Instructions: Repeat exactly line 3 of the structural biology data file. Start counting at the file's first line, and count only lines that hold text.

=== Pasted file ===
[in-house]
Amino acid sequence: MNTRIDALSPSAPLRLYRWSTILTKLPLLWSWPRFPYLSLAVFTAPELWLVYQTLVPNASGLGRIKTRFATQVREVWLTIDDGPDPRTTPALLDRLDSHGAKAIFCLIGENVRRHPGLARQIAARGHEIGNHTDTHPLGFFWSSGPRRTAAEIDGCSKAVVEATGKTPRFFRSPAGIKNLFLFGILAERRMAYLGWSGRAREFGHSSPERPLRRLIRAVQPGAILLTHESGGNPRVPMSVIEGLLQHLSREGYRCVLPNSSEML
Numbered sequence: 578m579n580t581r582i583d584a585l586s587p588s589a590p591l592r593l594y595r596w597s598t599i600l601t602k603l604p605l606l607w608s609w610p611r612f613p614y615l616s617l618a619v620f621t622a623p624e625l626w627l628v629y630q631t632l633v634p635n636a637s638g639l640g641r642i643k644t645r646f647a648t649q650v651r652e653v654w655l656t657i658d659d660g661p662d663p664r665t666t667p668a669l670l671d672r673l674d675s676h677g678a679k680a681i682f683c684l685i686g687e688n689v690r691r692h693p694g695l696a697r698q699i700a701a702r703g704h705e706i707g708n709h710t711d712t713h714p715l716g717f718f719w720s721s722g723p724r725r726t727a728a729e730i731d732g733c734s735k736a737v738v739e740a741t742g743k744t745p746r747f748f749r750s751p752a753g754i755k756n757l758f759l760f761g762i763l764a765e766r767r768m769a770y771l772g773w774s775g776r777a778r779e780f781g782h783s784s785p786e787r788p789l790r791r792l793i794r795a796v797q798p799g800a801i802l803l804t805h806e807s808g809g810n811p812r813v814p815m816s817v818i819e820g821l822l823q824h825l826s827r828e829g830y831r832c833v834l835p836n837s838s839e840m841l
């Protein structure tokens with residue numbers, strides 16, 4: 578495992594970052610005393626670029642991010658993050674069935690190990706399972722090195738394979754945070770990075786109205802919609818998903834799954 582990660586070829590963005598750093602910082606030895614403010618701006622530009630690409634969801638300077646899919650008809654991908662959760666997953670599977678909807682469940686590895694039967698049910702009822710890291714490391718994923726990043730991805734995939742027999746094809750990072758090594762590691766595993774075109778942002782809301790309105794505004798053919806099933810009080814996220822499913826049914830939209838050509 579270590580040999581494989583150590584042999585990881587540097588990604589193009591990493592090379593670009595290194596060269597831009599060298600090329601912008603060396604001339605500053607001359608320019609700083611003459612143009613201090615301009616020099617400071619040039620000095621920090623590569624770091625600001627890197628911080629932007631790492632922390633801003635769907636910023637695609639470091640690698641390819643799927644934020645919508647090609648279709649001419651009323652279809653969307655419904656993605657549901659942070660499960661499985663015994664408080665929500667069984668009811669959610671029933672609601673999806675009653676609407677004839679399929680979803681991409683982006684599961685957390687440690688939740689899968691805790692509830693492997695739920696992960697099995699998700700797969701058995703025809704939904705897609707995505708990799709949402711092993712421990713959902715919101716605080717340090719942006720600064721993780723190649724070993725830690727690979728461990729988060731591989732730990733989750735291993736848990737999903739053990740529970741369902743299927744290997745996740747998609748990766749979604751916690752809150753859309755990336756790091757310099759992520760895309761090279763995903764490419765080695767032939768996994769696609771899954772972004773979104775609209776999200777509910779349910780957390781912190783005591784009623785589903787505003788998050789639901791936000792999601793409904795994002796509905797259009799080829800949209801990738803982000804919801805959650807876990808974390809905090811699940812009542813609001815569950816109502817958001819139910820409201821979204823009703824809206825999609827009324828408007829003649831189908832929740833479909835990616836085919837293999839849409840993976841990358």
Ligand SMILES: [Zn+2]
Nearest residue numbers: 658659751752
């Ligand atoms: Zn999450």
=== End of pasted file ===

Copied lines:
Numbered sequence: 578m579n580t581r582i583d584a585l586s587p588s589a590p591l592r593l594y595r596w597s598t599i600l601t602k603l604p605l606l607w608s609w610p611r612f613p614y615l616s617l618a619v620f621t622a623p624e625l626w627l628v629y630q631t632l633v634p635n636a637s638g639l640g641r642i643k644t645r646f647a648t649q650v651r652e653v654w655l656t657i658d659d660g661p662d663p664r665t666t667p668a669l670l671d672r673l674d675s676h677g678a679k680a681i682f683c684l685i686g687e688n689v690r691r692h693p694g695l696a697r698q699i700a701a702r703g704h705e706i707g708n709h710t711d712t713h714p715l716g717f718f719w720s721s722g723p724r725r726t727a728a729e730i731d732g733c734s735k736a737v738v739e740a741t742g743k744t745p746r747f748f749r750s751p752a753g754i755k756n757l758f759l760f761g762i763l764a765e766r767r768m769a770y771l772g773w774s775g776r777a778r779e780f781g782h783s784s785p786e787r788p789l790r791r792l793i794r795a796v797q798p799g800a801i802l803l804t805h806e807s808g809g810n811p812r813v814p815m816s817v818i819e820g821l822l823q824h825l826s827r828e829g830y831r832c833v834l835p836n837s838s839e840m841l